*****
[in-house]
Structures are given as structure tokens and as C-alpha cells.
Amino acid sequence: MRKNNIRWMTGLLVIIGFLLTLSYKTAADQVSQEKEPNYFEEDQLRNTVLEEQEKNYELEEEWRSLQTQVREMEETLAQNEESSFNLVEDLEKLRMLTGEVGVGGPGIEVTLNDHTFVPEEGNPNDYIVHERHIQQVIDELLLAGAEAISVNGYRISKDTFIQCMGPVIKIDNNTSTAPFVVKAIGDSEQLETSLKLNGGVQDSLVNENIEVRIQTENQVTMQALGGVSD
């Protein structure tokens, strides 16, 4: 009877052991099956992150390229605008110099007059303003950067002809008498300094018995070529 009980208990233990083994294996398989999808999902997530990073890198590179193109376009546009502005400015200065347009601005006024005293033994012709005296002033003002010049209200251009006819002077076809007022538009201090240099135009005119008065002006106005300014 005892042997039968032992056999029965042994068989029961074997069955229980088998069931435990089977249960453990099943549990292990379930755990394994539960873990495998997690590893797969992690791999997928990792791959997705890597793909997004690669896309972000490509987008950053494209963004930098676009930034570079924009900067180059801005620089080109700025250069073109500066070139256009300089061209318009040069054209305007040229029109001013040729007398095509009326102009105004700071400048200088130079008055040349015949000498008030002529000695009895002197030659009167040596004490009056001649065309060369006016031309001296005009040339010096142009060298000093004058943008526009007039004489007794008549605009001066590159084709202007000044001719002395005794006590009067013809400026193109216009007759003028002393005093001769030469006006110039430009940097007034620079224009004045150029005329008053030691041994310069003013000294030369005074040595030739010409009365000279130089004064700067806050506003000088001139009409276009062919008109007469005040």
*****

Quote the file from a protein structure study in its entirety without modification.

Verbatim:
[in-house]
Structures are given as structure tokens and as C-alpha cells.
Amino acid sequence: MRKNNIRWMTGLLVIIGFLLTLSYKTAADQVSQEKEPNYFEEDQLRNTVLEEQEKNYELEEEWRSLQTQVREMEETLAQNEESSFNLVEDLEKLRMLTGEVGVGGPGIEVTLNDHTFVPEEGNPNDYIVHERHIQQVIDELLLAGAEAISVNGYRISKDTFIQCMGPVIKIDNNTSTAPFVVKAIGDSEQLETSLKLNGGVQDSLVNENIEVRIQTENQVTMQALGGVSD
């Protein structure tokens, strides 16, 4: 009877052991099956992150390229605008110099007059303003950067002809008498300094018995070529 009980208990233990083994294996398989999808999902997530990073890198590179193109376009546009502005400015200065347009601005006024005293033994012709005296002033003002010049209200251009006819002077076809007022538009201090240099135009005119008065002006106005300014 005892042997039968032992056999029965042994068989029961074997069955229980088998069931435990089977249960453990099943549990292990379930755990394994539960873990495998997690590893797969992690791999997928990792791959997705890597793909997004690669896309972000490509987008950053494209963004930098676009930034570079924009900067180059801005620089080109700025250069073109500066070139256009300089061209318009040069054209305007040229029109001013040729007398095509009326102009105004700071400048200088130079008055040349015949000498008030002529000695009895002197030659009167040596004490009056001649065309060369006016031309001296005009040339010096142009060298000093004058943008526009007039004489007794008549605009001066590159084709202007000044001719002395005794006590009067013809400026193109216009007759003028002393005093001769030469006006110039430009940097007034620079224009004045150029005329008053030691041994310069003013000294030369005074040595030739010409009365000279130089004064700067806050506003000088001139009409276009062919008109007469005040």